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MLB is failing Black Americans. The Phillies-Astros World Series proves it.

This year, Major League Baseball celebrated the 75th anniversary of Jackie Robinson breaking the league's color line.
Image: Bryce Harper #3 of the Philadelphia Phillies celebrates with teammates.
Bryce Harper #3 of the Philadelphia Phillies celebrates with teammates after defeating the San Diego Padres in game five to win the National League Championship Series in Philadelphia, Pennsylvania on Oct. 23, 2022.Michael Reaves / Getty Images

The World Series that starts Friday night between the Houston Astros and the Philadelphia Phillies will be less diverse than the 1951 series between the New York Yankees and the New York Giants. As The Associated Press has noted, neither the Astros’ roster nor the Phillies’ roster is expected to include any U.S.-born Black players, the first time there's been such an absence in 72 years. In fact, after Jackie Robinson integrated Major League Baseball in 1947, 1950 was the only World Series without any U.S.-born Black players — until today.

After Jackie Robinson integrated Major League Baseball in 1947, 1950 was the only World Series without Black Americans — until today.

Both the top-dog Astros and the surging Phillies can boast of their Afro Latino talent. Think of Astros slugger Yordan Alvarez or Phillies shortstop Edmundo Sosa. And yes, one of the great figures in the series will be Astros manager Dusty Baker, who grew up idolizing Robinson, played with Henry Aaron and was an All-Star during perhaps the greatest generation of Black American talent the game has ever seen. (After 55 years in “the show,” Baker imparts this history to players and reporters alike.) But that the tradition of what was once called “Black Baseball” now rests with a 73-year-old man tells its own story.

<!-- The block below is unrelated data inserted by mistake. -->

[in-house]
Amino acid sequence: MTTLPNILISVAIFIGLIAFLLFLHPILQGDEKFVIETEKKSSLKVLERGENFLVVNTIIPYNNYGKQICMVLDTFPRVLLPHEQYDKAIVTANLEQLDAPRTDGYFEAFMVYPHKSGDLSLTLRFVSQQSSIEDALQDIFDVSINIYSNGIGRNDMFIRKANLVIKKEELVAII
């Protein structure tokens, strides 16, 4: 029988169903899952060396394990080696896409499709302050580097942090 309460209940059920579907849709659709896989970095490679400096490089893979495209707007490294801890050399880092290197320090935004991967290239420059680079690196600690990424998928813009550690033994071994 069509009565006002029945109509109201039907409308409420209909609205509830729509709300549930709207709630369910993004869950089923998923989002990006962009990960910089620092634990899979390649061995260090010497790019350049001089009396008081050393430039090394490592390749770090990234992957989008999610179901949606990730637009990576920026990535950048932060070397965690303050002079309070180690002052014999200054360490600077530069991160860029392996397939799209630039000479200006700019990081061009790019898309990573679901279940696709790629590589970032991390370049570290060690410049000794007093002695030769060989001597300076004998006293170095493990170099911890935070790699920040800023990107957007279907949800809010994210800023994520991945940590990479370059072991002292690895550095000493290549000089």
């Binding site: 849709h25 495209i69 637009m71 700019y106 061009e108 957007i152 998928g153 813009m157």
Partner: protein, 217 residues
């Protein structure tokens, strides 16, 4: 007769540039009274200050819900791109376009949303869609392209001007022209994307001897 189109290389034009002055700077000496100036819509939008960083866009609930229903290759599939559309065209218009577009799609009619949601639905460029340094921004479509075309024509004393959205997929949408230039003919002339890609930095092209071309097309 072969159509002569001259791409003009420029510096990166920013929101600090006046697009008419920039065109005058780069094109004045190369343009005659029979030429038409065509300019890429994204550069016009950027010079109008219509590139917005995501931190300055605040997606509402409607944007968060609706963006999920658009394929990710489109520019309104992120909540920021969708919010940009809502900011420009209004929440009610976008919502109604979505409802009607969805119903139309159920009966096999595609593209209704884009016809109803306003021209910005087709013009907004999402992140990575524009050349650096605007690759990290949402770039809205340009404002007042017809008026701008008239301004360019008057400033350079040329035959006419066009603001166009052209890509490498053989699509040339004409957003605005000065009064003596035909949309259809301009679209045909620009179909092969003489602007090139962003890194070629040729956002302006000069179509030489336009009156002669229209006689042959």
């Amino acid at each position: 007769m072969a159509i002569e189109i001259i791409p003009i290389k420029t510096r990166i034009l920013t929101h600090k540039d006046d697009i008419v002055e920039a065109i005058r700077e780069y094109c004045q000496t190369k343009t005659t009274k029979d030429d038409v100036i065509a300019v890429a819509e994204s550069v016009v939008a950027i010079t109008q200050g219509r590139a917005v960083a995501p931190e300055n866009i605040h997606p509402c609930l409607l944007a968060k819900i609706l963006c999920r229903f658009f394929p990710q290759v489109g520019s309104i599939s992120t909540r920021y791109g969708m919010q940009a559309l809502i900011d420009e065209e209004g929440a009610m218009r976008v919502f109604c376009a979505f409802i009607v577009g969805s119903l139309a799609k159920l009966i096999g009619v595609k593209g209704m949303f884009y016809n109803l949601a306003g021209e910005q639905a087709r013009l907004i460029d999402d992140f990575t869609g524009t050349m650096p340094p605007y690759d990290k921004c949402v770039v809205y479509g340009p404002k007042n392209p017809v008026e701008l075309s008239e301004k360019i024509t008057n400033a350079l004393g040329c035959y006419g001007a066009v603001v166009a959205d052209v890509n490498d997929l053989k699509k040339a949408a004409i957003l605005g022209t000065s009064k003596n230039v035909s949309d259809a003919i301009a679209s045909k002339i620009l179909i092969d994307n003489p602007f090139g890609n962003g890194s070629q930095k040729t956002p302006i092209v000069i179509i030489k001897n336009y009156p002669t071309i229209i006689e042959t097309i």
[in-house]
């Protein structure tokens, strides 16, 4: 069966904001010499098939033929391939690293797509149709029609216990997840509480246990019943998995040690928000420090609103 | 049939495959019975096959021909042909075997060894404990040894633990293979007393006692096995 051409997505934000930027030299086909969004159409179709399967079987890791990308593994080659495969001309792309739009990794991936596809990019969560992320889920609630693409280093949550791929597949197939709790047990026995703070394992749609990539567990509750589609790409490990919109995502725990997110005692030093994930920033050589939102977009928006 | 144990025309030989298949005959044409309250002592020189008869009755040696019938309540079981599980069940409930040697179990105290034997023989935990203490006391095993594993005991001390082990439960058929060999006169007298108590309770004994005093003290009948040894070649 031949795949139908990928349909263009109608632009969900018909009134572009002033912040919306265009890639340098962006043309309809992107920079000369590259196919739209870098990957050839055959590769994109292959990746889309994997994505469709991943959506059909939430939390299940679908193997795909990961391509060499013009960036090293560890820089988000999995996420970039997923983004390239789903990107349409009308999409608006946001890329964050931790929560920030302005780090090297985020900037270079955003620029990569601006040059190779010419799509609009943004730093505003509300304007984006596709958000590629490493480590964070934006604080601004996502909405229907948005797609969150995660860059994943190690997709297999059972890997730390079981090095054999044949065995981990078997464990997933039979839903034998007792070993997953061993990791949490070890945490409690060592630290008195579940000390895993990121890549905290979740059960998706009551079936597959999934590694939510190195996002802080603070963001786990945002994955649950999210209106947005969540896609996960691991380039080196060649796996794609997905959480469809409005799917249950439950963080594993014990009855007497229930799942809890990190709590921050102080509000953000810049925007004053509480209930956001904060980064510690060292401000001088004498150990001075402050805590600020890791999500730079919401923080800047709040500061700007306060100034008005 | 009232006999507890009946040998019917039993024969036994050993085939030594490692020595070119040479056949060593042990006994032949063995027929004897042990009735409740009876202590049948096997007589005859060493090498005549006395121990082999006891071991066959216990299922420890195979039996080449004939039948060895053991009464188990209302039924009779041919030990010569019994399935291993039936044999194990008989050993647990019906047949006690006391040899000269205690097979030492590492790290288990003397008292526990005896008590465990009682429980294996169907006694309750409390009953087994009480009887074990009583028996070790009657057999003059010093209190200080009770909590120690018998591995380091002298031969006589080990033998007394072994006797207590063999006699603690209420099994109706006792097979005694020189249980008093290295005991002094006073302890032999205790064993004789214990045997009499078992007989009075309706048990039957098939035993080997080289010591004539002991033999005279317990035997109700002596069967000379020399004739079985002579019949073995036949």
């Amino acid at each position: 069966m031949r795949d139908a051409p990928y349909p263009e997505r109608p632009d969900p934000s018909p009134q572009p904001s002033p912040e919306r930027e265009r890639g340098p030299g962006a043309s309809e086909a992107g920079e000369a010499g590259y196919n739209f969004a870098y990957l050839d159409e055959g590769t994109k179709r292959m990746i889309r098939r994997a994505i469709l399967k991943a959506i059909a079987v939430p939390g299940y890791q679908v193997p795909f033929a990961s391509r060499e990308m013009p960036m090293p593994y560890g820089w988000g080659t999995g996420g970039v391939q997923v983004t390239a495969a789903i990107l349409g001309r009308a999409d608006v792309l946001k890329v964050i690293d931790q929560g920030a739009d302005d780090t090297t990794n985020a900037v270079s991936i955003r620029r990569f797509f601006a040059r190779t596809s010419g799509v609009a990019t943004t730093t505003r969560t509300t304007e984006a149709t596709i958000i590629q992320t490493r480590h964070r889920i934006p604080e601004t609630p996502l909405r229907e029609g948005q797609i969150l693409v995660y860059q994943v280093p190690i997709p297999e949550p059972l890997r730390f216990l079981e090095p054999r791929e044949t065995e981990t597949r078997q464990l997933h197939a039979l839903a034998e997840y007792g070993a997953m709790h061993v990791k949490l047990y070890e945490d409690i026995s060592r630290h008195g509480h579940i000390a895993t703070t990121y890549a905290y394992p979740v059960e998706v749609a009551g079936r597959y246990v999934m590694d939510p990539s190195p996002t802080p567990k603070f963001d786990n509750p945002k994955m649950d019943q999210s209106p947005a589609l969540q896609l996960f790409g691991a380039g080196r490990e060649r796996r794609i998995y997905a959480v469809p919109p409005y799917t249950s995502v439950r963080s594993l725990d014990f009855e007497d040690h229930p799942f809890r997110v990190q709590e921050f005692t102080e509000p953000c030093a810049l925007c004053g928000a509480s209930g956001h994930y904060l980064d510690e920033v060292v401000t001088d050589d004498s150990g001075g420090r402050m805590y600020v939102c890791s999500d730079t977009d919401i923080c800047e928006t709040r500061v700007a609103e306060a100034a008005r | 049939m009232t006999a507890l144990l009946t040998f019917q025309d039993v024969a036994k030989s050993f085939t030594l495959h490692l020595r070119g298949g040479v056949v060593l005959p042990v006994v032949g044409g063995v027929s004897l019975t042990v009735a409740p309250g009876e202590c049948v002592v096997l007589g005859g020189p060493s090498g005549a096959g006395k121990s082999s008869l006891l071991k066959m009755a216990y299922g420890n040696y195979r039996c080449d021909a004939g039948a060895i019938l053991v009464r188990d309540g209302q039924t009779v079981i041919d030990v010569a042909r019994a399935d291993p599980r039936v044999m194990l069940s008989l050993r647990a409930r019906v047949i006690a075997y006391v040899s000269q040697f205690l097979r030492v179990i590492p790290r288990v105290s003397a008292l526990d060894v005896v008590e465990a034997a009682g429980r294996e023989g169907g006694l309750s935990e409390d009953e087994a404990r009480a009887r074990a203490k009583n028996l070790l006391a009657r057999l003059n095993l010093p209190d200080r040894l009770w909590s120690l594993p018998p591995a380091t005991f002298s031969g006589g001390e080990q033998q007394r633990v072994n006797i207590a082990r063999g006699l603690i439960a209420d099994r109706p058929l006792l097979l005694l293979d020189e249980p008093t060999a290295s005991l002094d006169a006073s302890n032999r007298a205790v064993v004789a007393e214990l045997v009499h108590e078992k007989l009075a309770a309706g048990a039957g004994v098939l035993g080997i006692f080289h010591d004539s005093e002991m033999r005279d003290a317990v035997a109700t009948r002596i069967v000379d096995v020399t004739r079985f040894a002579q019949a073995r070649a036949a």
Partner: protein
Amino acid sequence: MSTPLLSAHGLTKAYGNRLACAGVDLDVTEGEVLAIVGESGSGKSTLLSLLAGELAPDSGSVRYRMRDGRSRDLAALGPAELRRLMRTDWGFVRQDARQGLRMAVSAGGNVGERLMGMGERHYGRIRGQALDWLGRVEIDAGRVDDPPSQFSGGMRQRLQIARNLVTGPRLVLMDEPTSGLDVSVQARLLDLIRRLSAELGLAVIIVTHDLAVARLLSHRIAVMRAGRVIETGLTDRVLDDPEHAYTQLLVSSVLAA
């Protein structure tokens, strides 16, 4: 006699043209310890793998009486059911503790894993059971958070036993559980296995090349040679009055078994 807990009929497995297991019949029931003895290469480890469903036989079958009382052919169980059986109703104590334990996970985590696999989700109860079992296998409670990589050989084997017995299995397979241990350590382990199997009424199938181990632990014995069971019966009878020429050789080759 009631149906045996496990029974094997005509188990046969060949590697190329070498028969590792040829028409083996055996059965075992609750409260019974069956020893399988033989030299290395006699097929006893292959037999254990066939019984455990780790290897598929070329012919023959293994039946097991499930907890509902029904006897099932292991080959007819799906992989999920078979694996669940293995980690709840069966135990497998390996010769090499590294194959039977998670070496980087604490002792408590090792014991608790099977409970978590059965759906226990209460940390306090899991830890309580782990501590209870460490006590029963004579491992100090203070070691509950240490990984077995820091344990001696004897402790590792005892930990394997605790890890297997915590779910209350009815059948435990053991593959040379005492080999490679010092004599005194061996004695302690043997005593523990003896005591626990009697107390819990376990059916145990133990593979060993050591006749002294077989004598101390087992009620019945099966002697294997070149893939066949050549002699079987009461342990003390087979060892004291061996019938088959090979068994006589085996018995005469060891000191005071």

There is no modern-day baseball without the baseball that Black Americans forged. Black athletes transformed the game from a pastoral pastime into something that hummed. The Negro Leagues incubated talent that produced showstoppers like pitcher Satchel Paige and slugger Josh Gibson. This tradition defined baseball throughout the second half of the 20th century through legends including Robinson, Aaron, Willie Mays, Bob Gibson, Reggie Jackson, Dwight Gooden, Ken Griffey Jr. and Barry Bonds. These are the icons who inspired (and at times polarized) fans and made the game what it is.

Or what it was.

This season Black Americans made up only 7.2% of players on opening day rosters, the lowest percentage since the Institute for Diversity and Ethics in Sport started charting the numbers in 1991.